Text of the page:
MACHINE LEARNING APPROACHES TO ASTEROID TAXONOMY USING METEORITE SPECTRA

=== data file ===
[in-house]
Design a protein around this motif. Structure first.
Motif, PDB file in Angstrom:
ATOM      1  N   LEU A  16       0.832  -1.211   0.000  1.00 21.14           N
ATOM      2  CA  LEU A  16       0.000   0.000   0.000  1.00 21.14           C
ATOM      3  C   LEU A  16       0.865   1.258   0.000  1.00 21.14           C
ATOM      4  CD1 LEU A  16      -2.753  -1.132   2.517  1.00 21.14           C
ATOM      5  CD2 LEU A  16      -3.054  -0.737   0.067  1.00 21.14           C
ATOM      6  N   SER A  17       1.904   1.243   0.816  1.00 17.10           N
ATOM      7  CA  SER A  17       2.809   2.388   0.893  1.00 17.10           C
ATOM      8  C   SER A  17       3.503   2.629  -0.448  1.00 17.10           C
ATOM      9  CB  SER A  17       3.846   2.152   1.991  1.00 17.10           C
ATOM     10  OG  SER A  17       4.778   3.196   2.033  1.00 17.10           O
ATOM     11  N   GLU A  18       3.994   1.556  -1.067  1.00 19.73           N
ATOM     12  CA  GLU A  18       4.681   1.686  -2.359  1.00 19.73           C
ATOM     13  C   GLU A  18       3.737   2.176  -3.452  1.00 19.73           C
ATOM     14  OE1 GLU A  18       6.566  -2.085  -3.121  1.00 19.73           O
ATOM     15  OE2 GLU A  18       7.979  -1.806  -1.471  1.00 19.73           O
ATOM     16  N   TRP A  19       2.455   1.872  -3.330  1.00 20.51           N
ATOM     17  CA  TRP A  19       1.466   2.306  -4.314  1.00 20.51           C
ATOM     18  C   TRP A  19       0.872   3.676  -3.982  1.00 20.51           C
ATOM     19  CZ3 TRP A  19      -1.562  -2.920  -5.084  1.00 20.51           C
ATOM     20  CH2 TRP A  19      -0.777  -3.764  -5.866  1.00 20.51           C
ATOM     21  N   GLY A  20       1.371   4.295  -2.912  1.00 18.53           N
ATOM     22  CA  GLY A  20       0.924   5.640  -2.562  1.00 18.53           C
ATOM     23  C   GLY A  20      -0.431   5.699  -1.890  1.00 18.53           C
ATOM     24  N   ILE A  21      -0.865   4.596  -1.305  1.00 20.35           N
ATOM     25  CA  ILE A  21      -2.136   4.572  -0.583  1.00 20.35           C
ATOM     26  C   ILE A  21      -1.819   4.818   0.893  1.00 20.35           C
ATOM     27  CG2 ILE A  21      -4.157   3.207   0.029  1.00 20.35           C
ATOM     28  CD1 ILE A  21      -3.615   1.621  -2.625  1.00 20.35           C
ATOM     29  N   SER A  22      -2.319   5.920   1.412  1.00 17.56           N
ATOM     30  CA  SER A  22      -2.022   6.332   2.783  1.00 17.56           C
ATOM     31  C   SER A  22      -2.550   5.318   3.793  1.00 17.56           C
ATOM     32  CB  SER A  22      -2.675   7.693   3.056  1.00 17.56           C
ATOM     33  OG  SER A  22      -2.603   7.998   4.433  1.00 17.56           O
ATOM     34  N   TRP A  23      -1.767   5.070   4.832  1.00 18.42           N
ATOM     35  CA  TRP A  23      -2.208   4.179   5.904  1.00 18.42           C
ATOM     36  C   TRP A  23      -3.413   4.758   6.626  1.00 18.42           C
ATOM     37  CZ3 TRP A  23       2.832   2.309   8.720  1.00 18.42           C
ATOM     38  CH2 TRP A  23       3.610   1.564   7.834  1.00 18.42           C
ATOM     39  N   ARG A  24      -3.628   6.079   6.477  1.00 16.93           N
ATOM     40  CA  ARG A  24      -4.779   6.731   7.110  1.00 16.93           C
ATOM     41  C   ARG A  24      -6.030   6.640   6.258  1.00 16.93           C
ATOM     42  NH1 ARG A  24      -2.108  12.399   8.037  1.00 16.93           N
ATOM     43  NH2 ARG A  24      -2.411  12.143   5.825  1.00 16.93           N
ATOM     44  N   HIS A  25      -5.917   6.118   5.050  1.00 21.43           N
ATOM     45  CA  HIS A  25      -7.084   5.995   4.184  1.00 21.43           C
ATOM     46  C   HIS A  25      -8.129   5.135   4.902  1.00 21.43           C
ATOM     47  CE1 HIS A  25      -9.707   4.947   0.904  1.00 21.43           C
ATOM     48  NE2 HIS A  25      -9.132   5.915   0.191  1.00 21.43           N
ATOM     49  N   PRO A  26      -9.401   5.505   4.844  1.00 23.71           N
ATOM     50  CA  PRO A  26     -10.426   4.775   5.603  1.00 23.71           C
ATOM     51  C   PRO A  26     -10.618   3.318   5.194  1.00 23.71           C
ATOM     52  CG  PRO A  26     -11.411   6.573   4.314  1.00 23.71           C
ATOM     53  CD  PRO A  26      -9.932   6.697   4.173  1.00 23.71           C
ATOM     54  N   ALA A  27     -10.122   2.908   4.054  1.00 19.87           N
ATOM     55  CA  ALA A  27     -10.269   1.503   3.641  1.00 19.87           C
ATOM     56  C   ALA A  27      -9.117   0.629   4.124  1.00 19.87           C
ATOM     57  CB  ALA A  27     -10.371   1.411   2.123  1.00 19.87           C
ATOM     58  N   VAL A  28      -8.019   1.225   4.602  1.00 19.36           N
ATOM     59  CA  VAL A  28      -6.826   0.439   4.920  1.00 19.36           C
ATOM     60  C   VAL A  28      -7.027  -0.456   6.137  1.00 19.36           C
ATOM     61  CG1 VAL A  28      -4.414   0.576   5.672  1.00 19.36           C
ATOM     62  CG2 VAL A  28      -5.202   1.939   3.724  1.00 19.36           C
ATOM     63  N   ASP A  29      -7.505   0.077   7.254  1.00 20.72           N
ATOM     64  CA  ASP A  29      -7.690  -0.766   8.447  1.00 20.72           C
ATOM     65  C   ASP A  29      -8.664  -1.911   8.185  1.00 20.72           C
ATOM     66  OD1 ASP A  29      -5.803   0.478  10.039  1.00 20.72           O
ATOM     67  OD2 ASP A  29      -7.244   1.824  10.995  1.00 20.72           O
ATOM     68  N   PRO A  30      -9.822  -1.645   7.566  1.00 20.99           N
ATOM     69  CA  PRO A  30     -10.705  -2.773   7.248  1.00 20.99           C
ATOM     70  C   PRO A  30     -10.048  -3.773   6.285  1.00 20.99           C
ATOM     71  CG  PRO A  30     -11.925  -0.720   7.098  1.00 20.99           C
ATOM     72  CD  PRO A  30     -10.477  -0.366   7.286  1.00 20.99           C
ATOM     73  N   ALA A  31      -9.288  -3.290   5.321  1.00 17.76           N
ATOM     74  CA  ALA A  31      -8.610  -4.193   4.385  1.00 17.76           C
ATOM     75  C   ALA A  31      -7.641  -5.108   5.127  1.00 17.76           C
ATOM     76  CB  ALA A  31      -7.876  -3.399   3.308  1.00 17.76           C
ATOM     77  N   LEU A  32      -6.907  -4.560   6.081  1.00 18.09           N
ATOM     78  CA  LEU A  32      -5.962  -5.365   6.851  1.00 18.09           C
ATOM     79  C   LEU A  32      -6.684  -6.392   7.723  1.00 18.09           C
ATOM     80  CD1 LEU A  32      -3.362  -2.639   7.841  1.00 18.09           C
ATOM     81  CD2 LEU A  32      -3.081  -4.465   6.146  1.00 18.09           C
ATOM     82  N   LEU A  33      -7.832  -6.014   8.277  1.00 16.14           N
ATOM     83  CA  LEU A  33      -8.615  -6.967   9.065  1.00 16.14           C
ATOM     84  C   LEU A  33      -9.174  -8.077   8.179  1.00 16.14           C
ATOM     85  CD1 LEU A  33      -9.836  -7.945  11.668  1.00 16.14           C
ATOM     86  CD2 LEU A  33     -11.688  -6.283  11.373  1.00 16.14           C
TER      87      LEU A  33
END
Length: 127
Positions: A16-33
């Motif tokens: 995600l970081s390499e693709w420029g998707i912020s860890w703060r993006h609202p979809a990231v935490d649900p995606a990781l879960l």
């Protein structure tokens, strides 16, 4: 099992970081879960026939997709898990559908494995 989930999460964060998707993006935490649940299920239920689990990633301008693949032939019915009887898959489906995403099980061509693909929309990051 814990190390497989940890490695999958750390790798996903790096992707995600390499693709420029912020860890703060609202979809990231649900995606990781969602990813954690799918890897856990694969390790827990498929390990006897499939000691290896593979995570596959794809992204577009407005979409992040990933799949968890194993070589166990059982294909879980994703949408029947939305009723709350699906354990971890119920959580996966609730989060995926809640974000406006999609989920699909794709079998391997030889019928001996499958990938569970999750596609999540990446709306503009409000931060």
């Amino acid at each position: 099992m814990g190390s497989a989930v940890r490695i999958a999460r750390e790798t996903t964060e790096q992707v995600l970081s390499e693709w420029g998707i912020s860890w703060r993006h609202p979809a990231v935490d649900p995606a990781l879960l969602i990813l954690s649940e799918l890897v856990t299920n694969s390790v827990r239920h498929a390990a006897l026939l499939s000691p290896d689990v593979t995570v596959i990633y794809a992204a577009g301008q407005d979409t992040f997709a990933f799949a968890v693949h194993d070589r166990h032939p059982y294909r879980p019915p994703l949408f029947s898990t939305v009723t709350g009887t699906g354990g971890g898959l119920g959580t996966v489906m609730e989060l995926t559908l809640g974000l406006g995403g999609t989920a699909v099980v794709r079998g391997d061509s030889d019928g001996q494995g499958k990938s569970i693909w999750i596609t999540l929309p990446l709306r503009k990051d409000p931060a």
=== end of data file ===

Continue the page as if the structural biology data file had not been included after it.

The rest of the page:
For this study, we acquired roughly 350 meteorites and prepared them as powders for spectral acquisition at the Reflectance Experiment Laboratory (RELAB). We then merged this data set with existing data on meteorite powders, slabs, and chips from RELAB and the University of Winnipeg. All spectra were resampled to cover the range from 0.3 to 2.5 µm at 0.01 µm resolution; data are posted on nemo.mtholyoke.edu. ML models were trained on 1,422 RELAB spectra spanning 21 meteorite classes as given in the Meteoritical Bulletin Database. Because similarities in mineralogy make classes with different textures spectrally indistinguishable, we created nine distinct classes for training: CM/C2/CR, CO/CV, CK/R/brachinites, L/H/LL/ureilites, EH/EL, Acapulcoites/lodranites, IAB/IIAB, aubrites, and howardites/eucrites/diogenites. Cross-validation was used for hyperparameter tuning and model selection. We tested the accuracy of classification models with as-acquired data versus data normalized to the intensity at a single channel. Then we chose the best model by testing all channels in the wavelength range at 0.05 μm increments. Normalization is needed to improve model generalization performance when classifying spectra from varying laboratories and telescopes. ML models including Kernel Fisher Discriminant Analysis (KFDA), Kernel Support Vector Machine (SVM), Logistic Regression, and Quadratic Discriminant Analysis (QDA) achieved test classification accuracies ranging between 85-93% within the RELAB dataset. Models were tested on the meteorite data from the University of Winnipeg with comparable accuracies. The best model was then used to classify asteroids into the nine new classes to better understand their compositional and spatial diversity and their relationship to meteorites.